Sharper aerial pictures spark privacy fears (The Guardian, 24 Jan 2008) - If you were up to no good in the London open air last winter, start working up excuses: you might be on the web. This week, a company launches an online map of central London which includes aerial photography at four times the resolution of existing online maps: the equivalent of looking down from the 10th floor. The map, from 192.com, publishes aerial photography at a resolution of 4cm for London and 12.5cm for the rest of the UK. In the right conditions, images at this resolution are enough to identify individuals - a step that existing online mapping ventures such as Google Earth and Microsoft’s Virtual Earth have so far been careful to avoid. Alastair Crawford, 192’s chief executive, makes no apologies for the possibilities: “We’re considering holding a competition. We want to challenge people to find out how much naughty stuff is happening. If you’re having an affair in London, you’d better be careful!” The mapping venture is likely to heat up the debate about the extent to which information about individuals is available on the web - especially as 192.com, which specialises in providing data about individuals gleaned from official sources has announced plans to attach estimated ages to every person in its database of 27 million Britons. top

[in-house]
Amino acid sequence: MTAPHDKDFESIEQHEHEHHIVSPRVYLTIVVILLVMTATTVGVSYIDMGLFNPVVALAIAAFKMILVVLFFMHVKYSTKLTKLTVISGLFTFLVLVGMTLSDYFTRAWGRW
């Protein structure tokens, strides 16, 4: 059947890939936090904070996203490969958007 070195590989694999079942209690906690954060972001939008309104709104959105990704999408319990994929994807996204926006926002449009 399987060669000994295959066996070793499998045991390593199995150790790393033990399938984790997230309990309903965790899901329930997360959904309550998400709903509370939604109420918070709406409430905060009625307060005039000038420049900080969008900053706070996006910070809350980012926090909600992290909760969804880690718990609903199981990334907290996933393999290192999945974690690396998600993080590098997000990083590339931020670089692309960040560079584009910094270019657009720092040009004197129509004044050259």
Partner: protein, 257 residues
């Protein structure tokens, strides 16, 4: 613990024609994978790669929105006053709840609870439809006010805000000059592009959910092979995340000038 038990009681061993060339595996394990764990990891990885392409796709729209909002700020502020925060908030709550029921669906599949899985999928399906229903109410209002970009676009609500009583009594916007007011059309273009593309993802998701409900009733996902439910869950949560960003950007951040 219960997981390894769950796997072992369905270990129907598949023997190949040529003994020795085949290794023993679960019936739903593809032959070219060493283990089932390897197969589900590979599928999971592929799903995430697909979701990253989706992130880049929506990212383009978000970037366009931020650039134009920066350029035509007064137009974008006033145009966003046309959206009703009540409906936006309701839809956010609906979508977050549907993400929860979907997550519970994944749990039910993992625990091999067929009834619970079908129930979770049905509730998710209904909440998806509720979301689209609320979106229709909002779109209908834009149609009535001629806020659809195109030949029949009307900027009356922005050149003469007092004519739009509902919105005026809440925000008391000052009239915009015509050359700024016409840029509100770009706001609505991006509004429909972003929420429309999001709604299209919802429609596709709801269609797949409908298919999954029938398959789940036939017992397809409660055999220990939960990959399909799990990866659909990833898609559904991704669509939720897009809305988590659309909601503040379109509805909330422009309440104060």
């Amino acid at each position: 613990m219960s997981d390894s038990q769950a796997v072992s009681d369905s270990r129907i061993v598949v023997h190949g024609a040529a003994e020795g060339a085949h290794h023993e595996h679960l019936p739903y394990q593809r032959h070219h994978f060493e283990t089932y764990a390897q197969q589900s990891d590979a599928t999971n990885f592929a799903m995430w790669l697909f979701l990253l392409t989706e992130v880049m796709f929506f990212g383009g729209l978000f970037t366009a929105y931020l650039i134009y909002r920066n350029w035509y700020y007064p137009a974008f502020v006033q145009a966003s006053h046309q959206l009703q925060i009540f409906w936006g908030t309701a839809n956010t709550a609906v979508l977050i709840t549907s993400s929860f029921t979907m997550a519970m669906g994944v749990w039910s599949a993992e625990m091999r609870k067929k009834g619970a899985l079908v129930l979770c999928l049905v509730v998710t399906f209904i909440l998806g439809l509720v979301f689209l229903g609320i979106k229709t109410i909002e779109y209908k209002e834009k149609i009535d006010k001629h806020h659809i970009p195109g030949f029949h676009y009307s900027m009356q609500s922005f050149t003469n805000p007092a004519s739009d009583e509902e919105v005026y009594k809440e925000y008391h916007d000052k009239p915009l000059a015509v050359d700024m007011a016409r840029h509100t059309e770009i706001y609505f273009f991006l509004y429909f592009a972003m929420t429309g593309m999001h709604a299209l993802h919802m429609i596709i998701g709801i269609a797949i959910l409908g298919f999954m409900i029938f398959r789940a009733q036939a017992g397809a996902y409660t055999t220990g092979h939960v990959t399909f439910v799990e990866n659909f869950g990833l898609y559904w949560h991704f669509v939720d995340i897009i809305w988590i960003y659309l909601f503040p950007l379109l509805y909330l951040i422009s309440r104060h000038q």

GOP halts effort to retrieve White House e-mails (Washington Post, 27 Feb 2008) - After promising last year to search its computers for tens of thousands of e-mails sent by White House officials, the Republican National Committee has informed a House committee that it no longer plans to retrieve the communications by restoring computer backup tapes, the panel’s chairman said yesterday. The move increases the likelihood that an untold number of RNC e-mails dealing with official White House business during the first term of the Bush administration - including many sent or received by former presidential adviser Karl Rove - will never be recovered, said House Democrats and public records advocates. The RNC had previously told the House Oversight and Government Reform Committee that it was attempting to restore e-mails from 2001 to 2003, when the RNC had a policy of purging all e-mails, including those to and from White House officials, after 30 days. But Chairman Henry A. Waxman (D-Calif.) disclosed during a hearing yesterday that the RNC has now said it “has no intention of trying to restore the missing White House e-mails.” “The result is a potentially enormous gap in the historical record,” Waxman said, including the buildup to the Iraq war. Spokesman Danny Diaz said in a statement that the RNC “is fully compliant with the spirit and letter of the law.” He declined further comment. top